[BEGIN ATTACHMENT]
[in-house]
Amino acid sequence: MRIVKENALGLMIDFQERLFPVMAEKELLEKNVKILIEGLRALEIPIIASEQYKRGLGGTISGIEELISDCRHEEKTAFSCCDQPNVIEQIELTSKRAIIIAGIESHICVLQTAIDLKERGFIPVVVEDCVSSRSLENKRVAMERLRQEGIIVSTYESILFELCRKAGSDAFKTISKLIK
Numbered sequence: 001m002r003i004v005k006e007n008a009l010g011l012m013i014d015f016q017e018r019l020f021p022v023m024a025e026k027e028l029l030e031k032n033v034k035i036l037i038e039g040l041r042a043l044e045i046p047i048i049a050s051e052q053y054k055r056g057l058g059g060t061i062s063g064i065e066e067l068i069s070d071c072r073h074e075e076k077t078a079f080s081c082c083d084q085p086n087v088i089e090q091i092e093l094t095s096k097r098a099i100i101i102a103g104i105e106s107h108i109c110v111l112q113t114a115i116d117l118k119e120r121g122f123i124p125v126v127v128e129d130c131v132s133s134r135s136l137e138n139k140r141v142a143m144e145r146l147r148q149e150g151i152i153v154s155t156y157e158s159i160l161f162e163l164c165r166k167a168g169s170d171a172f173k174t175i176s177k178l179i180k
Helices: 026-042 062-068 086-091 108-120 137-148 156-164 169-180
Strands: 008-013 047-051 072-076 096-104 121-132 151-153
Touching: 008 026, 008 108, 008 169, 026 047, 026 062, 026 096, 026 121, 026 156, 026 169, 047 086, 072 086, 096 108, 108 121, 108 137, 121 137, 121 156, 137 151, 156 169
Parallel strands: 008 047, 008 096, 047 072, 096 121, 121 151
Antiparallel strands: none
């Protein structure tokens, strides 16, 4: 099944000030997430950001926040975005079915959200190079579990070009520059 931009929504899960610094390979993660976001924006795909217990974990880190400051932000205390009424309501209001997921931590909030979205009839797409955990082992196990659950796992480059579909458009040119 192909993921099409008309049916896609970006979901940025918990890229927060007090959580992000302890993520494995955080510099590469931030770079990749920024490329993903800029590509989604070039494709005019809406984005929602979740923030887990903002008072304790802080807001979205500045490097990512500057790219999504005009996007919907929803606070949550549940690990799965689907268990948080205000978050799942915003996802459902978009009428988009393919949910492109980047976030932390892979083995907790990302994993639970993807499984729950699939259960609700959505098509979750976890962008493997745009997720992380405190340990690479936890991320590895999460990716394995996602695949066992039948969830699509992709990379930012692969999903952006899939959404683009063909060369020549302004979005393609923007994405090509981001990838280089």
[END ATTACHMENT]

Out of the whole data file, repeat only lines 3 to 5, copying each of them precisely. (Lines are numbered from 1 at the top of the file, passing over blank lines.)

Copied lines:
Numbered sequence: 001m002r003i004v005k006e007n008a009l010g011l012m013i014d015f016q017e018r019l020f021p022v023m024a025e026k027e028l029l030e031k032n033v034k035i036l037i038e039g040l041r042a043l044e045i046p047i048i049a050s051e052q053y054k055r056g057l058g059g060t061i062s063g064i065e066e067l068i069s070d071c072r073h074e075e076k077t078a079f080s081c082c083d084q085p086n087v088i089e090q091i092e093l094t095s096k097r098a099i100i101i102a103g104i105e106s107h108i109c110v111l112q113t114a115i116d117l118k119e120r121g122f123i124p125v126v127v128e129d130c131v132s133s134r135s136l137e138n139k140r141v142a143m144e145r146l147r148q149e150g151i152i153v154s155t156y157e158s159i160l161f162e163l164c165r166k167a168g169s170d171a172f173k174t175i176s177k178l179i180k
Helices: 026-042 062-068 086-091 108-120 137-148 156-164 169-180
Strands: 008-013 047-051 072-076 096-104 121-132 151-153